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Normative lessons: codes of conduct, self-regulation and the law

Malcolm H Parker
Med J Aust 2010; 192 (11): 658-660.
Published online: 7 June 2010

The advent of national registration of doctors allowed the development, by the Australian Medical Council (AMC), of Good medical practice: a code of conduct for doctors in Australia1 during 2008 and 2009. The AMC Code will provide standards against which complaints about doctors to the new Medical Board of Australia (MBA) (http://www.medicalboard.gov.au/) will be determined.

Public consultation on the initial draft resulted in changes to the content, wording and general style of the final AMC Code.2 A critique by Komesaroff and Kerridge, published in the Journal,3 found the initial draft wanting, because (a) it amounted to a quasi-legal, not an ethical code; (b) it adhered to a narrow, “inadequately founded ideology” (known as bioethical principlism); (c) it would contribute to a “creeping authoritarianism” that would threaten the core values of medical culture; and (d) implementing such a prescriptive code would consequently distort and impoverish medical practice. The components of their critique constitute a general view, against which this article clarifies the fundamental normative role, and the legal status and enforceability of professional ethical codes.

The draft AMC Code’s preamble anticipated that it would be adopted by the MBA and “apply in the regulation of medical practice in the future”. The regulatory role was underlined by the frequent use of “You must ...” clauses in cases of an overriding duty or principle, and of “You should ...” clauses in relation to implementing such duties, or in cases where prima facie duties might be attenuated by exceptions or constraining factors. During the consultation process, this strong imperative tone was condemned, particularly by the medical profession. For example, the joint submission by the Australian Medical Association (AMA)4 accused the AMC Code drafters of rendering professional ethics as “merely a script for interaction with a client”, of assuming that there is an absence of ethical principles within the profession, and assuming “to lower core principles which are entrenched in the profession” by documenting “prescriptively behavioural guidelines”. According to the submission, the draft AMC Code’s prescriptivity would undermine medical professionalism and trust in doctors, patronise and alienate the profession, and limit the use of professional judgement and clinical independence in relation to individual patients and circumstances. The AMA joint submission implied that there would be conflicts between what the rules of the AMC Code required and the best interests of patients, and called for a more supportive and less prescriptive tone, with imperative phraseology restricted to situations agreed to have no exceptions.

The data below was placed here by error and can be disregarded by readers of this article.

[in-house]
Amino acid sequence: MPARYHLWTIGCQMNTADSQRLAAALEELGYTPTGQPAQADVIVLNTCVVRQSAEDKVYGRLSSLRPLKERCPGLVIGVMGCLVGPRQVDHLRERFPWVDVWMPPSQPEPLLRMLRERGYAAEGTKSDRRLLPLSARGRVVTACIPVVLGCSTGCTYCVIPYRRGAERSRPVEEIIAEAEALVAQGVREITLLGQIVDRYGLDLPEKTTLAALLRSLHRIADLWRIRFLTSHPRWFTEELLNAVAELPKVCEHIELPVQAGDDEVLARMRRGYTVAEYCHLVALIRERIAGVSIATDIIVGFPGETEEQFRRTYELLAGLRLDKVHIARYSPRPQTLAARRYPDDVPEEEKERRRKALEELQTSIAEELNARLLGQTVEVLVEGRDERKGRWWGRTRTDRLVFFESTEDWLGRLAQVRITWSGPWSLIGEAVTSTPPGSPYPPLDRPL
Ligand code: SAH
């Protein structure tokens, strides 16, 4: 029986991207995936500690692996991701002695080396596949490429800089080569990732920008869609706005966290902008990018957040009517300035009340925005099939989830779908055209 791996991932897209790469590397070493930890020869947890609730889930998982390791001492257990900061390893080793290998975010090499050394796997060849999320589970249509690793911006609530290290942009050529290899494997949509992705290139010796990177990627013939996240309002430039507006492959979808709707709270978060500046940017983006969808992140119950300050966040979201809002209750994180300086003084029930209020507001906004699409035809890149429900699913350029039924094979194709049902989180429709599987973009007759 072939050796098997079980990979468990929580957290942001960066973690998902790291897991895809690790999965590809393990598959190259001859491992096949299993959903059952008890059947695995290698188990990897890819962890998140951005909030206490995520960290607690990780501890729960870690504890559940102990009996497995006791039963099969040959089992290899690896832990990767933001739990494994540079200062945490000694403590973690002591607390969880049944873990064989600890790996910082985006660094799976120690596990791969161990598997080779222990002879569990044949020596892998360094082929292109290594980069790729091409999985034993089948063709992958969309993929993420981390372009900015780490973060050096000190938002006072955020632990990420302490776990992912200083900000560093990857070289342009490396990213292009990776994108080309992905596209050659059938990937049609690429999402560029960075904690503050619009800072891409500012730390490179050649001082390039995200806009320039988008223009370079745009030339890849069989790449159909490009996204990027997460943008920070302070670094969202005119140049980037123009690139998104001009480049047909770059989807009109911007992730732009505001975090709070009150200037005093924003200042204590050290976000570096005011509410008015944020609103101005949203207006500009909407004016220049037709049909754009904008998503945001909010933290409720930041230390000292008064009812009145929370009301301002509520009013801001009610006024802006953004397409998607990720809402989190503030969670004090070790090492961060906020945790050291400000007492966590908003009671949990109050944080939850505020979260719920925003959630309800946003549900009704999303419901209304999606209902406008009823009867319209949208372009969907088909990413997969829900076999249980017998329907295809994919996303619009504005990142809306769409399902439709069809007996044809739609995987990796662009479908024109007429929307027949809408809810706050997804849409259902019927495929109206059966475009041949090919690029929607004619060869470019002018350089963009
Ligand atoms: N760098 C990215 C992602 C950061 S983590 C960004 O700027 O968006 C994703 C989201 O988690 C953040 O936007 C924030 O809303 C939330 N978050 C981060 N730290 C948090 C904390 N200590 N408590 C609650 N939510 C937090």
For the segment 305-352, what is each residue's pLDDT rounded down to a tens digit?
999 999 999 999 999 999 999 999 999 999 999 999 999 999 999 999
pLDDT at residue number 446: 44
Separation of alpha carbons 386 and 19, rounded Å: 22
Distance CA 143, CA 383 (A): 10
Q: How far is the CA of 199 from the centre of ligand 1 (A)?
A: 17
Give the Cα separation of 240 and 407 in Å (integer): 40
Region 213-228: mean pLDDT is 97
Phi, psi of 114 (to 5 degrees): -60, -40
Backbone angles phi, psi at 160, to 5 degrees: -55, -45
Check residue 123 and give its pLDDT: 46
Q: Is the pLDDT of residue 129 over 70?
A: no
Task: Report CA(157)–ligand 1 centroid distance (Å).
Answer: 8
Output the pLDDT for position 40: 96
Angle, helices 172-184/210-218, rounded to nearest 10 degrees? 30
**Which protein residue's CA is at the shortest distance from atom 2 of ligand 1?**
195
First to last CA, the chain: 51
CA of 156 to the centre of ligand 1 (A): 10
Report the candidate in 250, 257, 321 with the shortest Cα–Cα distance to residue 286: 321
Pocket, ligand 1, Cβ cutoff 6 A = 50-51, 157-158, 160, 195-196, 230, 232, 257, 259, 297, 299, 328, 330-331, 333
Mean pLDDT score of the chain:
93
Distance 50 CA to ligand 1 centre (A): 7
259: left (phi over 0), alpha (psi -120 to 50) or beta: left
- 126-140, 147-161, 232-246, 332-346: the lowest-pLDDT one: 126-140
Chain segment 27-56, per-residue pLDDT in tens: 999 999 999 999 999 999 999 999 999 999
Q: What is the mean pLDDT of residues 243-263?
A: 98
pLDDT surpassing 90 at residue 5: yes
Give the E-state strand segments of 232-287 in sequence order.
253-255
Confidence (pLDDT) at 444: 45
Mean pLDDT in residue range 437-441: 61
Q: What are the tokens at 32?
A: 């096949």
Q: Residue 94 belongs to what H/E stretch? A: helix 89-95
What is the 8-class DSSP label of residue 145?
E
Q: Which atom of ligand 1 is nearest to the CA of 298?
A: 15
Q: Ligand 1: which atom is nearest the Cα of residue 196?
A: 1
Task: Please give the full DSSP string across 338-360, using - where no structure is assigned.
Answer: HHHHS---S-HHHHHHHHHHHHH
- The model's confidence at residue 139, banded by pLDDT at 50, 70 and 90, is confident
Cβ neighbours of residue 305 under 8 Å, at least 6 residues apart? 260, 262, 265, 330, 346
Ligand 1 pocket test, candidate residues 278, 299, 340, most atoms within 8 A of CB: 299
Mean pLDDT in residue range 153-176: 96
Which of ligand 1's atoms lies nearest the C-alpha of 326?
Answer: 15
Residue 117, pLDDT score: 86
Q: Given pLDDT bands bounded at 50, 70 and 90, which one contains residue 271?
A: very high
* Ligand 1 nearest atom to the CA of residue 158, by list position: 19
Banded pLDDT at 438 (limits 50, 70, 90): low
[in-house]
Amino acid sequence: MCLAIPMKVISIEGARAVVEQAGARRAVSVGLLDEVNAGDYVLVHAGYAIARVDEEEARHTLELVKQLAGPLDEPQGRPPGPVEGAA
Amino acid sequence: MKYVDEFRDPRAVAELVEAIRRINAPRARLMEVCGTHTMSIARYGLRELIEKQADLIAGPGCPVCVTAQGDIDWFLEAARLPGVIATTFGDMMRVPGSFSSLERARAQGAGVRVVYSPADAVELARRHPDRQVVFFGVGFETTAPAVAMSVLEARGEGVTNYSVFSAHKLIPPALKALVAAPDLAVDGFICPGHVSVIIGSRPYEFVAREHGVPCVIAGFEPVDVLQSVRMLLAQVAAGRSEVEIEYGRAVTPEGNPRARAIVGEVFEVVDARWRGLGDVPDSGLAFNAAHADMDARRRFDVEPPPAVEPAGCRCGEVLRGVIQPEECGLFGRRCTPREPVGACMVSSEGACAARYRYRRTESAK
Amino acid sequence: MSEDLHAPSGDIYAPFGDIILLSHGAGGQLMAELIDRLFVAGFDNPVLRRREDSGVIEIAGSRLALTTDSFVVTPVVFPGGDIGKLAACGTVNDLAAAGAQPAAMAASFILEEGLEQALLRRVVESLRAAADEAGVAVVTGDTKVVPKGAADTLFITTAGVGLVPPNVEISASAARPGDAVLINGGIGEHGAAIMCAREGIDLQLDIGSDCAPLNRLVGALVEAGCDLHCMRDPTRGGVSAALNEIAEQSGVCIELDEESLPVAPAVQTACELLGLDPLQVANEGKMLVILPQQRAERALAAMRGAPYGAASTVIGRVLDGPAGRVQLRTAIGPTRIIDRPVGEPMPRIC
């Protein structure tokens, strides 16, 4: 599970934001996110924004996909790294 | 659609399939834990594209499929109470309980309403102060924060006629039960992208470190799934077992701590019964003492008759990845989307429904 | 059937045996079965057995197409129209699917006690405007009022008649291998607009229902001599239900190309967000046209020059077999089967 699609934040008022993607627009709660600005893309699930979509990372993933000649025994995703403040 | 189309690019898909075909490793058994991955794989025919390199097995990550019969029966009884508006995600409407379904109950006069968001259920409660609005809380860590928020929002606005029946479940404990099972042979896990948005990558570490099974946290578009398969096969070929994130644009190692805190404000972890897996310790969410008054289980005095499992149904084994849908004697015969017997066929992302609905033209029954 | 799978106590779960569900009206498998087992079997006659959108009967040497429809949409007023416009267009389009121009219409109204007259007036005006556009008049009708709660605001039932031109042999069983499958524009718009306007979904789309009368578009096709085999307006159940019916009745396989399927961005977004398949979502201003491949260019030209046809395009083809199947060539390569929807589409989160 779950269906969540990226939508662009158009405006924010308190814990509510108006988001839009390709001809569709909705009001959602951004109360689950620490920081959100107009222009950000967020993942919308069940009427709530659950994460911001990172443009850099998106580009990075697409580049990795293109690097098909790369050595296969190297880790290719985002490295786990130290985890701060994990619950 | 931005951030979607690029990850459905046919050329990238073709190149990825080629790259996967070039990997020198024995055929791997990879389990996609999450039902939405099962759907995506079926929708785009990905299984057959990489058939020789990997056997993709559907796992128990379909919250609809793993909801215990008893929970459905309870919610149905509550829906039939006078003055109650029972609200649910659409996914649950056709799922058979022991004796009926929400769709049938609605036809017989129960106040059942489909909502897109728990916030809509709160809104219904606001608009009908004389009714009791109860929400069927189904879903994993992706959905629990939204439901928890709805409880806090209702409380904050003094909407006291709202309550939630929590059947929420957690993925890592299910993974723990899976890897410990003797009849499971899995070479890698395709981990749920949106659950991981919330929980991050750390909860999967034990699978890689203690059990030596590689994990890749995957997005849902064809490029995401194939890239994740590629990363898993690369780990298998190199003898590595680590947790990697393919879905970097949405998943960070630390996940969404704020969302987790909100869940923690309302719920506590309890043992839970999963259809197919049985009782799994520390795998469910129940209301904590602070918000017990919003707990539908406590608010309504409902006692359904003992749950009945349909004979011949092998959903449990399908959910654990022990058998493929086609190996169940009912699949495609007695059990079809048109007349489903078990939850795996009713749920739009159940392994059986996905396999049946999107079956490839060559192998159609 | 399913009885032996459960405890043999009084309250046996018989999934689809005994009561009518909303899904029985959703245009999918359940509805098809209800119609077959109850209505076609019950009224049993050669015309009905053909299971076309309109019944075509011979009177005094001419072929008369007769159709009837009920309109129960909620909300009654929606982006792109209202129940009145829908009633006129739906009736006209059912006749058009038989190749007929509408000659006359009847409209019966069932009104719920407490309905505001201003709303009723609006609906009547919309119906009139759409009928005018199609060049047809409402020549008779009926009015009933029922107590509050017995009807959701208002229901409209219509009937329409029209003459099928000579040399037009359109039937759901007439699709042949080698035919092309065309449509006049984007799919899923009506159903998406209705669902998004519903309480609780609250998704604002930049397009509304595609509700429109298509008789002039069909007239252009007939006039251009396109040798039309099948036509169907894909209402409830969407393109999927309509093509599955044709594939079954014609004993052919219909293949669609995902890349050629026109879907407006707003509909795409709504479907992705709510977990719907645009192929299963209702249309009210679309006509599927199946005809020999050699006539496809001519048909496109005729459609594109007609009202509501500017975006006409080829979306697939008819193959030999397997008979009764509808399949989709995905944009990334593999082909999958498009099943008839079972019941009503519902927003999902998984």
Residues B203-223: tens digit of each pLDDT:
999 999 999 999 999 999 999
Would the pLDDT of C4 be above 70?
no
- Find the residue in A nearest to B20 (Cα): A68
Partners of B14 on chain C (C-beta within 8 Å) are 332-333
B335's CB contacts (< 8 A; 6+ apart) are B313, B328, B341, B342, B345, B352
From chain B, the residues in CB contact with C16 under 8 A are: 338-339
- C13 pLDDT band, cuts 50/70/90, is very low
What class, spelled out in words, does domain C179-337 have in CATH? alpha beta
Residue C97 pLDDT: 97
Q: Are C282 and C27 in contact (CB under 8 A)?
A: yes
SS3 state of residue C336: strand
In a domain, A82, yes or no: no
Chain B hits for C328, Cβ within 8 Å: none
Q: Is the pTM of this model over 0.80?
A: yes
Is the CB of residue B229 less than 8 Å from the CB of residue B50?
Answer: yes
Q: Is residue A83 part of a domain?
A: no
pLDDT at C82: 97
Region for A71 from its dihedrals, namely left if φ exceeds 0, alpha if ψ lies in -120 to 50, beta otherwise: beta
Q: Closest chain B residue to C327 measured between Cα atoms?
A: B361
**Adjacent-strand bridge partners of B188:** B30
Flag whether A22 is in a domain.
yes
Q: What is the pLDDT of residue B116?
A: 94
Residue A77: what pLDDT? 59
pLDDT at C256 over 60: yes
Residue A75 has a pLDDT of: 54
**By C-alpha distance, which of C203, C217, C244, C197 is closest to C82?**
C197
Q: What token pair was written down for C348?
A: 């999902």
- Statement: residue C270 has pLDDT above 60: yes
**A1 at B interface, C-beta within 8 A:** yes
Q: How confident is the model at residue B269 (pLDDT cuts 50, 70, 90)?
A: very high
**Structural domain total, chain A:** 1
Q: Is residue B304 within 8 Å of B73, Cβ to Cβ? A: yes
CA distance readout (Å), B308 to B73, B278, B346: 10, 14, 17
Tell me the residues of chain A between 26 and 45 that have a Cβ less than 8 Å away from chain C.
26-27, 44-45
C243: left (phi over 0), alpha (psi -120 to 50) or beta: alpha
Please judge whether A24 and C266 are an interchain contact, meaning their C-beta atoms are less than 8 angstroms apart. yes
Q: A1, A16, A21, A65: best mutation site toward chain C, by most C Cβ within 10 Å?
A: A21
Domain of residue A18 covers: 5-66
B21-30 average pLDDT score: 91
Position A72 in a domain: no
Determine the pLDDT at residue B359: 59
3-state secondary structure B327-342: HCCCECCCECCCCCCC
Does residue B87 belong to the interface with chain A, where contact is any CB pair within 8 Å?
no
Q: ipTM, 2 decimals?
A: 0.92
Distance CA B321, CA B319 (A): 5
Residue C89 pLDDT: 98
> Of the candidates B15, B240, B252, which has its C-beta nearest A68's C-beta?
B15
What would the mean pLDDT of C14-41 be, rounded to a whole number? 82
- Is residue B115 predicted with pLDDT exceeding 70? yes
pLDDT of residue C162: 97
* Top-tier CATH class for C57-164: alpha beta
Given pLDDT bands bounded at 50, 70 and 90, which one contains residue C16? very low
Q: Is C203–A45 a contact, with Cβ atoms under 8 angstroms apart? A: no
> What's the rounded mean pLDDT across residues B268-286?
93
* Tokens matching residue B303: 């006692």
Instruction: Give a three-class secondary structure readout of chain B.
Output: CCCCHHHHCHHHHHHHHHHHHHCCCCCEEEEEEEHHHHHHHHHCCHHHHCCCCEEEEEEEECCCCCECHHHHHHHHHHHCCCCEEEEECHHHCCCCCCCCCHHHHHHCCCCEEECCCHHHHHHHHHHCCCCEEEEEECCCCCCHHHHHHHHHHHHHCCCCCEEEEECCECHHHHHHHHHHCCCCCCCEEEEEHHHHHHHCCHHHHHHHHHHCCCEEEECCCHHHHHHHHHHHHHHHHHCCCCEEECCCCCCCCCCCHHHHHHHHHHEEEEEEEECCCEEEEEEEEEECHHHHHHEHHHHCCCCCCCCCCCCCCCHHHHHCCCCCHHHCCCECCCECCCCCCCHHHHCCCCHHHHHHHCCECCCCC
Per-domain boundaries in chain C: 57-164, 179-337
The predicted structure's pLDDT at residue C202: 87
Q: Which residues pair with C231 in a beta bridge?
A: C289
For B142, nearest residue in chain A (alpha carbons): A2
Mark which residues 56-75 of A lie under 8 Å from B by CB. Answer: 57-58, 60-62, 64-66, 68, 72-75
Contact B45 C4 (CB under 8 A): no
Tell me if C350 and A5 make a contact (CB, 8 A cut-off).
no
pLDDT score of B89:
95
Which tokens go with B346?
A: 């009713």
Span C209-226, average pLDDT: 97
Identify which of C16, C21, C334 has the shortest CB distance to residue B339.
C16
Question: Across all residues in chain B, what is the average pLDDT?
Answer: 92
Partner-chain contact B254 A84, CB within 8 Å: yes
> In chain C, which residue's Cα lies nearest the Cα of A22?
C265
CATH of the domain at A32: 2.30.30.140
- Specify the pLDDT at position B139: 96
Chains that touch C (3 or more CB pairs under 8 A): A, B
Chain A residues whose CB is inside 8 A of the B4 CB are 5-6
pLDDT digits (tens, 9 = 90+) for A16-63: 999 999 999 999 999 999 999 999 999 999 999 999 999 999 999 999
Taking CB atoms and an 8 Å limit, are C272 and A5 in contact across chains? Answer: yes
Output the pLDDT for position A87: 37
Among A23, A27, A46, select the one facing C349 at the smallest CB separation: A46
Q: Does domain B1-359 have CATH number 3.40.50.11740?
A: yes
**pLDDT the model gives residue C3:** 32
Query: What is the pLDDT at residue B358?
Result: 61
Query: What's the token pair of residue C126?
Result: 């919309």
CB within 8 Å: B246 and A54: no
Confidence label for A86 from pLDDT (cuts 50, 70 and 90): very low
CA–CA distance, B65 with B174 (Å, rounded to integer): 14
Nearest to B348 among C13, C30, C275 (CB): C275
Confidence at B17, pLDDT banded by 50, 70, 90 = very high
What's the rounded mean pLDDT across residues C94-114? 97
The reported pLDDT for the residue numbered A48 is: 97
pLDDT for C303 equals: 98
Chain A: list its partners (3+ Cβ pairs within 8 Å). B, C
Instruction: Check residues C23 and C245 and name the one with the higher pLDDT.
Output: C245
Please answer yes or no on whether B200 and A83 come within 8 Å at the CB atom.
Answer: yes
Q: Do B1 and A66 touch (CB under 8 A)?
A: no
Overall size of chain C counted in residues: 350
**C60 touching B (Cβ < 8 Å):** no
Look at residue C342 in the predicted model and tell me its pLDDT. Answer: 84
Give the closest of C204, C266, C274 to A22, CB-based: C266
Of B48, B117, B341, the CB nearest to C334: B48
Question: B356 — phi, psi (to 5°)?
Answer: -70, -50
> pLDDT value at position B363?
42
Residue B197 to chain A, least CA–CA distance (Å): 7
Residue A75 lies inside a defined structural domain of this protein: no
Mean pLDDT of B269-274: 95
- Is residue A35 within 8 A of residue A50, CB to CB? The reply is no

The AMC working group accepted the perception of an unduly authoritarian tone and the emphasis in the AMC Code on regulatory purposes at the expense of guidance for doctors as key issues raised in the AMC consultation process.2 The final consultation draft and the finished AMC Code capitulated to the criticisms of creeping authoritarianism, regulatory primacy, lack of support for medical professionalism, and focus on bioethical principlism. As a result, the imperative “You must ...” phrases were replaced by various specifications of good medical practice. So “You must maintain adequate records” became “Good medical practice involves maintaining adequate records”, and “A good doctor–patient partnership requires high standards of personal conduct. You must [inter alia] treat each patient as an individual” became “A good doctor–patient partnership requires high standards of professional conduct. This involves [inter alia] treating each patient as an individual”.

The AMA supported the final AMC Code, as the drafters had taken on board its suggested modifications and inclusions, including the importance of professional judgement and individual patient circumstances, and the commitment of the profession to high ethical and professional standards.5,6 But what is the difference between the alternative expressions in the draft and final AMC Codes? While statements about what good medical practice involves, rather than what doctors must do, might sound as if they provide more latitude for professional judgement, this is simply not the case. In the alternative expressions, the difference is merely that the imperative is implied rather than explicit. A statement such as “Good medical practice involves maintaining adequate records” surely leaves no room for maintaining inadequate ones, as long as doctors want to practice good medicine. In addition, the fact that the draft AMC Code did state that doctors must treat patients as individuals also undermines the claim that it failed to allow for professional judgement and clinical independence in relation to individual patients.